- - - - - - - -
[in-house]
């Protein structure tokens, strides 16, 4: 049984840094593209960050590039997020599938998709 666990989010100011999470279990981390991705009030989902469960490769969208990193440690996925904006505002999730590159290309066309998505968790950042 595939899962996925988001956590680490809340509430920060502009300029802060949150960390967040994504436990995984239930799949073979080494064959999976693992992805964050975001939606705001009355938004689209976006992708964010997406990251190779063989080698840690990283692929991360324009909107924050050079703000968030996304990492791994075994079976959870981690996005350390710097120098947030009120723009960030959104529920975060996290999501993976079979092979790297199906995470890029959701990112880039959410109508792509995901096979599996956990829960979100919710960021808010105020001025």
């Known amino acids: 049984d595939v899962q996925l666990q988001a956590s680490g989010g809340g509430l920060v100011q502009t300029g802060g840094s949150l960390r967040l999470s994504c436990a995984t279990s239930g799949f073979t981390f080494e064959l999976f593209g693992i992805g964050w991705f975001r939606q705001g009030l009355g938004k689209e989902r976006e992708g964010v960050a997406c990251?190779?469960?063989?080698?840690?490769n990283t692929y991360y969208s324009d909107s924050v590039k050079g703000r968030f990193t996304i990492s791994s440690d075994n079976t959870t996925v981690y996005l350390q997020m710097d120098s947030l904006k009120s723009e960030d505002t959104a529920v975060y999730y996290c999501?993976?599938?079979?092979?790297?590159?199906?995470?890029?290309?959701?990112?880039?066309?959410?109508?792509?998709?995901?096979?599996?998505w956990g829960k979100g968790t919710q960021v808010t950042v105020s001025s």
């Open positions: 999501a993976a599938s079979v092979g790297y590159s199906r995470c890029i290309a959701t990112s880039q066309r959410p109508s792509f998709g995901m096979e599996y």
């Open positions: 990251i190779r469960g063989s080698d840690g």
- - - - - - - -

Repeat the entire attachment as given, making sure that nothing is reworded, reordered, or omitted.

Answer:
[in-house]
């Protein structure tokens, strides 16, 4: 049984840094593209960050590039997020599938998709 666990989010100011999470279990981390991705009030989902469960490769969208990193440690996925904006505002999730590159290309066309998505968790950042 595939899962996925988001956590680490809340509430920060502009300029802060949150960390967040994504436990995984239930799949073979080494064959999976693992992805964050975001939606705001009355938004689209976006992708964010997406990251190779063989080698840690990283692929991360324009909107924050050079703000968030996304990492791994075994079976959870981690996005350390710097120098947030009120723009960030959104529920975060996290999501993976079979092979790297199906995470890029959701990112880039959410109508792509995901096979599996956990829960979100919710960021808010105020001025």
């Known amino acids: 049984d595939v899962q996925l666990q988001a956590s680490g989010g809340g509430l920060v100011q502009t300029g802060g840094s949150l960390r967040l999470s994504c436990a995984t279990s239930g799949f073979t981390f080494e064959l999976f593209g693992i992805g964050w991705f975001r939606q705001g009030l009355g938004k689209e989902r976006e992708g964010v960050a997406c990251?190779?469960?063989?080698?840690?490769n990283t692929y991360y969208s324009d909107s924050v590039k050079g703000r968030f990193t996304i990492s791994s440690d075994n079976t959870t996925v981690y996005l350390q997020m710097d120098s947030l904006k009120s723009e960030d505002t959104a529920v975060y999730y996290c999501?993976?599938?079979?092979?790297?590159?199906?995470?890029?290309?959701?990112?880039?066309?959410?109508?792509?998709?995901?096979?599996?998505w956990g829960k979100g968790t919710q960021v808010t950042v105020s001025s």
């Open positions: 999501a993976a599938s079979v092979g790297y590159s199906r995470c890029i290309a959701t990112s880039q066309r959410p109508s792509f998709g995901m096979e599996y």
């Open positions: 990251i190779r469960g063989s080698d840690g």